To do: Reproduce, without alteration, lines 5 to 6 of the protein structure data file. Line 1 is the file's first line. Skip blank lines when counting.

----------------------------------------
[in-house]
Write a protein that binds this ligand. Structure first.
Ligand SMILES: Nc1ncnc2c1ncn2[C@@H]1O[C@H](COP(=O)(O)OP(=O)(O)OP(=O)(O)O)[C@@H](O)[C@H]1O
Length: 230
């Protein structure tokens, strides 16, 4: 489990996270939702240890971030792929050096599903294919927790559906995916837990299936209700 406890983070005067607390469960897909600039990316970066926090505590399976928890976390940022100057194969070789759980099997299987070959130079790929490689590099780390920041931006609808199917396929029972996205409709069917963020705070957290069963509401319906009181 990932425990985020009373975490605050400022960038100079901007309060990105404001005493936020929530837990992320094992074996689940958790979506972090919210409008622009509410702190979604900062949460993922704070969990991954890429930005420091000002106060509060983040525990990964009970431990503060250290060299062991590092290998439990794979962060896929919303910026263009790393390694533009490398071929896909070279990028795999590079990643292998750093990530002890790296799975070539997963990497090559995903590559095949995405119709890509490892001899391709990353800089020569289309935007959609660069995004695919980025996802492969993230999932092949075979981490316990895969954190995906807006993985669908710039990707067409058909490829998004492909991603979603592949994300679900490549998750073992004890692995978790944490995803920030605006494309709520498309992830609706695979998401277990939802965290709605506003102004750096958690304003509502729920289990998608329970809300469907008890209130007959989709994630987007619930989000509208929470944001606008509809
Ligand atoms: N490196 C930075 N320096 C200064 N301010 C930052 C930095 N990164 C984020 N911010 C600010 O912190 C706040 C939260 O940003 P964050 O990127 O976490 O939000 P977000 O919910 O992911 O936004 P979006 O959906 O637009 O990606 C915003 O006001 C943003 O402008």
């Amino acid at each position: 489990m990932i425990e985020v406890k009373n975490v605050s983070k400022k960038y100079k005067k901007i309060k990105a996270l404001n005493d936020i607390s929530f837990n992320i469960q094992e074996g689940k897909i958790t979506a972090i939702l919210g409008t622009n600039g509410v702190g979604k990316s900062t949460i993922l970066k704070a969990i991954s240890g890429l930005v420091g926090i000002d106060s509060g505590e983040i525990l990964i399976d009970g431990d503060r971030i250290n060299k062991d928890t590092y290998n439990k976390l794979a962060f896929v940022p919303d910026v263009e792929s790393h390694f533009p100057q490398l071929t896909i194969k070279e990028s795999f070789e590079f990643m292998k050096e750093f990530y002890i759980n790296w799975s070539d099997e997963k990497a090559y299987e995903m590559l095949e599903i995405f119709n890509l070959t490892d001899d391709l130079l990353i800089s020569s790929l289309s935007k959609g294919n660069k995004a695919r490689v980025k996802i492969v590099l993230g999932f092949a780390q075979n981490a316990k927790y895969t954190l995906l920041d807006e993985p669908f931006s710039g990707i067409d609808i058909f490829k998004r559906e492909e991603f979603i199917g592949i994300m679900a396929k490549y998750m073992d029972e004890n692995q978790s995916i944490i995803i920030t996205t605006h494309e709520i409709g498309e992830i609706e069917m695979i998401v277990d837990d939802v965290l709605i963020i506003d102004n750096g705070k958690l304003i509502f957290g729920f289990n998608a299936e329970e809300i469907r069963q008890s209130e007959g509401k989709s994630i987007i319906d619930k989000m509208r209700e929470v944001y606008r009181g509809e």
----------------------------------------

């Protein structure tokens, strides 16, 4: 489990996270939702240890971030792929050096599903294919927790559906995916837990299936209700 406890983070005067607390469960897909600039990316970066926090505590399976928890976390940022100057194969070789759980099997299987070959130079790929490689590099780390920041931006609808199917396929029972996205409709069917963020705070957290069963509401319906009181 990932425990985020009373975490605050400022960038100079901007309060990105404001005493936020929530837990992320094992074996689940958790979506972090919210409008622009509410702190979604900062949460993922704070969990991954890429930005420091000002106060509060983040525990990964009970431990503060250290060299062991590092290998439990794979962060896929919303910026263009790393390694533009490398071929896909070279990028795999590079990643292998750093990530002890790296799975070539997963990497090559995903590559095949995405119709890509490892001899391709990353800089020569289309935007959609660069995004695919980025996802492969993230999932092949075979981490316990895969954190995906807006993985669908710039990707067409058909490829998004492909991603979603592949994300679900490549998750073992004890692995978790944490995803920030605006494309709520498309992830609706695979998401277990939802965290709605506003102004750096958690304003509502729920289990998608329970809300469907008890209130007959989709994630987007619930989000509208929470944001606008509809
Ligand atoms: N490196 C930075 N320096 C200064 N301010 C930052 C930095 N990164 C984020 N911010 C600010 O912190 C706040 C939260 O940003 P964050 O990127 O976490 O939000 P977000 O919910 O992911 O936004 P979006 O959906 O637009 O990606 C915003 O006001 C943003 O402008």